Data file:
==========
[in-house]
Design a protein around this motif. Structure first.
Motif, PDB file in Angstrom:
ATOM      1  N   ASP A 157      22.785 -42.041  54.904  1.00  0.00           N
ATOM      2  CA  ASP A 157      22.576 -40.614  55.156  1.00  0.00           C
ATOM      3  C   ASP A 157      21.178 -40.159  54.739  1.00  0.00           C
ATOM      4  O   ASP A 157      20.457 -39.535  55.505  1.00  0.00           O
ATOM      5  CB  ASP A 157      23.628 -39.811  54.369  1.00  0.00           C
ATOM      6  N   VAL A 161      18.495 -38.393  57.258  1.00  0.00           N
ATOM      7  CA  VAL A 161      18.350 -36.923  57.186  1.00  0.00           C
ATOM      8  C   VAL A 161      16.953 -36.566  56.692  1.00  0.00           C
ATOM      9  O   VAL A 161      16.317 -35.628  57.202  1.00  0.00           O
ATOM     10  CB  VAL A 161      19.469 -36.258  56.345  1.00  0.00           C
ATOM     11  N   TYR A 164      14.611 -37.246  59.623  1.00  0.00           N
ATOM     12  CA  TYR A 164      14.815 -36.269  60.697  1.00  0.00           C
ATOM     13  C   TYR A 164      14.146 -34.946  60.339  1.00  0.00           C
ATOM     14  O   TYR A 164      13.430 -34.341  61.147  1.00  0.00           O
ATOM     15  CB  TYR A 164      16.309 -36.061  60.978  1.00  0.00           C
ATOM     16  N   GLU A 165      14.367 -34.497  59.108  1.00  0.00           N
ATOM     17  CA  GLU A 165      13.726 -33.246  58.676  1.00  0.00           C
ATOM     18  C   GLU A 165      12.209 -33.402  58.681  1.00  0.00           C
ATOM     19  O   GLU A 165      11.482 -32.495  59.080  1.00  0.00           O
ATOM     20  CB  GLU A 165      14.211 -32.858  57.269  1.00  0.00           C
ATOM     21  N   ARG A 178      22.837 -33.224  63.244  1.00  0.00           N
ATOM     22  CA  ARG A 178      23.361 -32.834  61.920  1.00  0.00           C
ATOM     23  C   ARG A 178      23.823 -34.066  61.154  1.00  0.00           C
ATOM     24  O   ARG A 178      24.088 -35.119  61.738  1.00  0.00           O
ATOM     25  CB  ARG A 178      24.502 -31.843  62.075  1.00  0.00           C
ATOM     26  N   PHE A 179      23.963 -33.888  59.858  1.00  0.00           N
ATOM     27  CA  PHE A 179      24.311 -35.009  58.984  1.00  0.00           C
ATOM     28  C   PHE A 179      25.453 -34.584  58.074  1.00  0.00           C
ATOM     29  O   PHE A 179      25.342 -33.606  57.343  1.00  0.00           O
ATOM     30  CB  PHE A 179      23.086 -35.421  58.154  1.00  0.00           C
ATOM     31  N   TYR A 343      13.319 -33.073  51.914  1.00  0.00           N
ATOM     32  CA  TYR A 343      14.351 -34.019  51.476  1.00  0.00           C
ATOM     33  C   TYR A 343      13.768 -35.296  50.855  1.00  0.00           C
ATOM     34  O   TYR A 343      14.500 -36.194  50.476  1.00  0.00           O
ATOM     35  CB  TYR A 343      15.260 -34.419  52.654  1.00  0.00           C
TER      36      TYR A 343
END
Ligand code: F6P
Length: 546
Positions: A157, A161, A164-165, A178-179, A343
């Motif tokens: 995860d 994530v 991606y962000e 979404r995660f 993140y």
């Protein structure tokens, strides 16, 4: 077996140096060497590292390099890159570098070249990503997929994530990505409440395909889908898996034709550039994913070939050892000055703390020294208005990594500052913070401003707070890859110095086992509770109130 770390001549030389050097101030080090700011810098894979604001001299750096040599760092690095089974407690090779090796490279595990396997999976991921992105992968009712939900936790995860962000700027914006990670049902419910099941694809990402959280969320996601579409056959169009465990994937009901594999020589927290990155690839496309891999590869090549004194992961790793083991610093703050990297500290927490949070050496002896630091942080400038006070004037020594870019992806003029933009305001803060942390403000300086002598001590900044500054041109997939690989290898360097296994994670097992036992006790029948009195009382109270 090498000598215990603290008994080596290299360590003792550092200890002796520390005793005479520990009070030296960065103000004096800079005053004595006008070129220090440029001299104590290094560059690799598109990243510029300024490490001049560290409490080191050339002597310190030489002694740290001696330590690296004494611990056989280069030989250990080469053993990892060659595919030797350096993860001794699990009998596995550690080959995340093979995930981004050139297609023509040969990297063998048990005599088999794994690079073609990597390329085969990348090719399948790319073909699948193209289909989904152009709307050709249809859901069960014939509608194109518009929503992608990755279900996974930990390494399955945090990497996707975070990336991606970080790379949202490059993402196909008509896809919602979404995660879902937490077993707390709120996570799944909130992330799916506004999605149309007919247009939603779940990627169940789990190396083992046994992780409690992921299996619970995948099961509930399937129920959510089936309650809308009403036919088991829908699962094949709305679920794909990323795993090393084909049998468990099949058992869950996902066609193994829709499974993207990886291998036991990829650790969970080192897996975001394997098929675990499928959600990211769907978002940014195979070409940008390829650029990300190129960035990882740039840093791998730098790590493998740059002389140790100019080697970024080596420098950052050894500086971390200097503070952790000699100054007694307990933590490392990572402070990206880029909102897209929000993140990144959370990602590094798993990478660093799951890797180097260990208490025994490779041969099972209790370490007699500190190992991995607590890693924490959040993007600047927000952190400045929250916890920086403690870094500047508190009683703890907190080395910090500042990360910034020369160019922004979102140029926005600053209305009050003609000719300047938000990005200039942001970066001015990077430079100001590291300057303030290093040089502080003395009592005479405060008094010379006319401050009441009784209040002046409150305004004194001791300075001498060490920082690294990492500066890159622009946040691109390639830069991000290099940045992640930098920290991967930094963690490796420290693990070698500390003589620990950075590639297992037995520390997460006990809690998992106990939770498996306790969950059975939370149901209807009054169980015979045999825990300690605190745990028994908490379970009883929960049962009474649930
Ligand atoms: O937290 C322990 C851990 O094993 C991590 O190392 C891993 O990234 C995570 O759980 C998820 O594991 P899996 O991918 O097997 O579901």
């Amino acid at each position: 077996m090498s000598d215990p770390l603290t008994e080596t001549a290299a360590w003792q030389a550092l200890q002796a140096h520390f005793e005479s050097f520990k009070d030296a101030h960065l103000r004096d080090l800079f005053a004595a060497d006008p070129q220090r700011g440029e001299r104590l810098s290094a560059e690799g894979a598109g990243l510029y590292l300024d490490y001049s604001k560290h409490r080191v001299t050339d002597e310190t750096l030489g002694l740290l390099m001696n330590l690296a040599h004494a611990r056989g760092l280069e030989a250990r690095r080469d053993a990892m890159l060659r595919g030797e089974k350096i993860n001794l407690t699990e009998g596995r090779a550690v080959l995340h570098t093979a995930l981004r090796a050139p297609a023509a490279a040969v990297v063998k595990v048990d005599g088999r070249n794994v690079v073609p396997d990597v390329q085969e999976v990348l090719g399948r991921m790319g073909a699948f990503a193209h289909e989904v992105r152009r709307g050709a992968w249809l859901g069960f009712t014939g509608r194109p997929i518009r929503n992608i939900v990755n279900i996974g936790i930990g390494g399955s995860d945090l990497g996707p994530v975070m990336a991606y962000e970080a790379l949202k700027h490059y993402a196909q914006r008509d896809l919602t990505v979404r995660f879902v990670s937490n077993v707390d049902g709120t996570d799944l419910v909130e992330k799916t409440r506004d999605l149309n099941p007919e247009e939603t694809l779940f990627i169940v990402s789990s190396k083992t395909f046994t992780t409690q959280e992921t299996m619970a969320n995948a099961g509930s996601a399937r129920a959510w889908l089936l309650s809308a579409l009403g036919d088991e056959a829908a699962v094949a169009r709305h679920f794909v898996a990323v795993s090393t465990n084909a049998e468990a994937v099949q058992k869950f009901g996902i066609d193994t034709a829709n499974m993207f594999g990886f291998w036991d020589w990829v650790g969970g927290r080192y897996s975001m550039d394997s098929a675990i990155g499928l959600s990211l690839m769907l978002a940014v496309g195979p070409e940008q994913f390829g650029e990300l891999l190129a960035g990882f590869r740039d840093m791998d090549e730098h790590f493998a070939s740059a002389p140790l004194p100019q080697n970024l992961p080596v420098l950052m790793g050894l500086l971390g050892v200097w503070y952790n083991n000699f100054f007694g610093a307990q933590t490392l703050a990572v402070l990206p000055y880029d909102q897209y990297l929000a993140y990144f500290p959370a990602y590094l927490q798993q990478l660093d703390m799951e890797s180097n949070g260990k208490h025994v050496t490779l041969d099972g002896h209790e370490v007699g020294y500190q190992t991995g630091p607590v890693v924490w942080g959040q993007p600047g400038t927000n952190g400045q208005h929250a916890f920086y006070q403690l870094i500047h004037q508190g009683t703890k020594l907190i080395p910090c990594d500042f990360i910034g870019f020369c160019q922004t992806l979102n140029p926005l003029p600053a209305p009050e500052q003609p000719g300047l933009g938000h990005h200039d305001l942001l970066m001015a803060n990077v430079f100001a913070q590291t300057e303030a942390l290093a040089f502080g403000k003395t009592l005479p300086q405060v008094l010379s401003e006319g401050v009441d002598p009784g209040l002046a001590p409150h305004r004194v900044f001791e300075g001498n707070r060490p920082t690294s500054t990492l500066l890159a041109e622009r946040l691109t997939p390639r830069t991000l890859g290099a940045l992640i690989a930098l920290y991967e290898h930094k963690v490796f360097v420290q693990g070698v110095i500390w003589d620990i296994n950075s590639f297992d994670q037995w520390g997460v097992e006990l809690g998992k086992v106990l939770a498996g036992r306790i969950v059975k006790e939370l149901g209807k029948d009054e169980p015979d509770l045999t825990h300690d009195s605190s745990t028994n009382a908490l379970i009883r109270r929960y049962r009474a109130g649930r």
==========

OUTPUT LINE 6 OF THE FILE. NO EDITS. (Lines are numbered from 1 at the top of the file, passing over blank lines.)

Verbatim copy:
ATOM      3  C   ASP A 157      21.178 -40.159  54.739  1.00  0.00           C